Non-touchy people (such as myself) need to adjust accordingly to the traditions and rituals of the culture in which they hope to live, work, and build friendships.
Because of this I have been forced to become more comfortable with the Haitian way of kissing a cheek upon greeting. I'd never go so far as to say that it feels natural to me, but I roll with it as best I can.
Every so often I might run into a person that does two cheeks or even three ... Not going to lie, all that back and forth really throws me for a loop. I've never quite understood the rules of engagement because sometimes people full on kiss your cheek and other times they simply touch cheek to cheek. It is sort of like a cheek high-five. I don't know when you are supposed to do one and when you are supposed to do the other. It's quite vexing, I know that much.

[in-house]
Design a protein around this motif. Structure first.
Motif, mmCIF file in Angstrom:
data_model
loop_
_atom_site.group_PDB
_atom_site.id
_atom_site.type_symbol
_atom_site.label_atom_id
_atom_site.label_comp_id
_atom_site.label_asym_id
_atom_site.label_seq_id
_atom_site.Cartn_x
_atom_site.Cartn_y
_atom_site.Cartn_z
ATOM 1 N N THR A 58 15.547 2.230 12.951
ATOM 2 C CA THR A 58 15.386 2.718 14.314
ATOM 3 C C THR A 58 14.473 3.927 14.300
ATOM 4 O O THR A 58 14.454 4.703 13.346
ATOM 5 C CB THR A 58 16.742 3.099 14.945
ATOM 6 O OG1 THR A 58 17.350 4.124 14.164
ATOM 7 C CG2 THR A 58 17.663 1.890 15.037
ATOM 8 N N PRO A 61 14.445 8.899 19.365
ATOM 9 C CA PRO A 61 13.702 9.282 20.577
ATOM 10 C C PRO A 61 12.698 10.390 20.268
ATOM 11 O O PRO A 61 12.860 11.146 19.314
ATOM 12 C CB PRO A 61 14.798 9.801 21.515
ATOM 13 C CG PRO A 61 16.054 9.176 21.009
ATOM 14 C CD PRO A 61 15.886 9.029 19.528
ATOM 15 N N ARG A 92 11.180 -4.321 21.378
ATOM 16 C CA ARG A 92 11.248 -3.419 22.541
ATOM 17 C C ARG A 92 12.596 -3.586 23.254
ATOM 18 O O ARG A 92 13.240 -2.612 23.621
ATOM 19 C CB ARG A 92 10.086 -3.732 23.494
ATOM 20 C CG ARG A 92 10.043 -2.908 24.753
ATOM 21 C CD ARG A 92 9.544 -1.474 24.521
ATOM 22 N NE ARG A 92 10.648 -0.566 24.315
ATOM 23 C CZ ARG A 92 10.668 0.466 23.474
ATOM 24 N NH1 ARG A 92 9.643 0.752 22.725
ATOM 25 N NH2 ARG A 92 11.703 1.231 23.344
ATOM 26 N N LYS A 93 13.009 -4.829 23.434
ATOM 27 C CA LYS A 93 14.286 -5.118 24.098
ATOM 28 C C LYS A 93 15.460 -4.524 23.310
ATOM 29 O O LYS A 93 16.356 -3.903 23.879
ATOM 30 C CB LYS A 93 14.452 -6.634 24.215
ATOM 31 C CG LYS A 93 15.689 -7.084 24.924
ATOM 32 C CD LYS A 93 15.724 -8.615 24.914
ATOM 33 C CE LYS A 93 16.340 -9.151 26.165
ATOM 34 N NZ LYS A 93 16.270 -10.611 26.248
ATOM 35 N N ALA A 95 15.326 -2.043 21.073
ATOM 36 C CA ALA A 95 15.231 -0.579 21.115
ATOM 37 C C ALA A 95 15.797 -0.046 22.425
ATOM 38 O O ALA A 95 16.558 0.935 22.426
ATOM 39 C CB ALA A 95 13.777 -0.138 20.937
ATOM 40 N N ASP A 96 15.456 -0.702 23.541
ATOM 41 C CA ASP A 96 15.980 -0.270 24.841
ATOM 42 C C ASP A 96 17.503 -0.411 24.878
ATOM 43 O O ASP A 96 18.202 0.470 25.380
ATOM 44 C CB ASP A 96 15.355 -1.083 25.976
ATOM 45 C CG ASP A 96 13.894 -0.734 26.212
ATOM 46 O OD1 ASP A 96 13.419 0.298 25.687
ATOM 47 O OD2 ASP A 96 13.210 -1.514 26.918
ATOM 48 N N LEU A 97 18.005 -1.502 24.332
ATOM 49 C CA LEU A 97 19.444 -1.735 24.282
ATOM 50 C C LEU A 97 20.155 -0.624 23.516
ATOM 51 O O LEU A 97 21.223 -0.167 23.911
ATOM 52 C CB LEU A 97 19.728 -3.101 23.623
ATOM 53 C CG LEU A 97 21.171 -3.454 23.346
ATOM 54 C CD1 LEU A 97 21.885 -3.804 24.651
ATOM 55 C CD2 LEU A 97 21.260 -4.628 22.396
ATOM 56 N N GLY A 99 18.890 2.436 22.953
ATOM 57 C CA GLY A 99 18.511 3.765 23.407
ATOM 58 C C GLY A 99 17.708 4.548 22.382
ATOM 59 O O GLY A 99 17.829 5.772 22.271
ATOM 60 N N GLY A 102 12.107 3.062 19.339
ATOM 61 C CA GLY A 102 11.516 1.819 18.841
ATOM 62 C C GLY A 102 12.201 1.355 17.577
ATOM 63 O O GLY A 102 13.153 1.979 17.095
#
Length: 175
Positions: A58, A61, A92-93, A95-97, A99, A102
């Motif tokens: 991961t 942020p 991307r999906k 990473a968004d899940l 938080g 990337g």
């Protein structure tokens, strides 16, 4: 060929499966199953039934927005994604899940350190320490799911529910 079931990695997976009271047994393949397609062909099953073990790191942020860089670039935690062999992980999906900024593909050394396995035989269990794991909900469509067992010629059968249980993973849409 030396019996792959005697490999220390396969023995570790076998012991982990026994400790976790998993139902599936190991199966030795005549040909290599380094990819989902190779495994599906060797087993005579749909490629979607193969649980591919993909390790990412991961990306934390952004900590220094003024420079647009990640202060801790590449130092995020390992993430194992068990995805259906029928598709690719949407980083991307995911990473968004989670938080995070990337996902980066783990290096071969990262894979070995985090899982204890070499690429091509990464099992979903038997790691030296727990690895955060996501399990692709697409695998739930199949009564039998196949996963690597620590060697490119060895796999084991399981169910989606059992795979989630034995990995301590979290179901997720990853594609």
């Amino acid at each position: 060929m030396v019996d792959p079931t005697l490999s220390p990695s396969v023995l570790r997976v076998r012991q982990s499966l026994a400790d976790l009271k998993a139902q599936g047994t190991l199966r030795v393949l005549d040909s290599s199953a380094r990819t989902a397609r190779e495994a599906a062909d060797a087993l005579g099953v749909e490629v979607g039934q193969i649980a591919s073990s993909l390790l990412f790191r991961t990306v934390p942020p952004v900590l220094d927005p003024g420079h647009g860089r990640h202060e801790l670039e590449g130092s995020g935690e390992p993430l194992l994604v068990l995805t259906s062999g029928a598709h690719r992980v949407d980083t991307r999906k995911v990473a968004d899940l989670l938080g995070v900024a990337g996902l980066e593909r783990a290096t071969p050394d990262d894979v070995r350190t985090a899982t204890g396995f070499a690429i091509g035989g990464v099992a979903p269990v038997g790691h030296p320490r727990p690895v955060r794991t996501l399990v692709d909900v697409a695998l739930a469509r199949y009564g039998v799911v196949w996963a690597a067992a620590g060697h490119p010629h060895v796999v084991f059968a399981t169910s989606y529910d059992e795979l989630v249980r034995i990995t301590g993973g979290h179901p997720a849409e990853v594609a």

The three kisses crowd?
That just seems excessive. Gives me vertigo.
I've been doing some charting and graphing and I can confirm that greetings and goodbyes take one billion times longer ... But to heck with that observation, what is time anyway?
Saturday Paige's boyfriend was over visiting her. He comes from the kiss-the-cheek-crowd so I always attempt to get with the program and follow the rules.
He was sitting down on the floor with Paige when I leaned down to greet him. I didn't know he was going to move and I completely misjudged and overshot the distance between us as I approached for my culturally appropriate greeting.
In one terribly awkward slow-motion moment I missed his cheek, instead kissing below his cheek in the region commonly referred to as, the neck.
Earth swallow me whole.
Embarrassed, I quickly exited the room. For the next several hours I hoped he didn't think I meant to kiss his neck. Creeper mom much?
A few days have passed now, and I think I am finally ready to talk about it.
According to Wikipedia: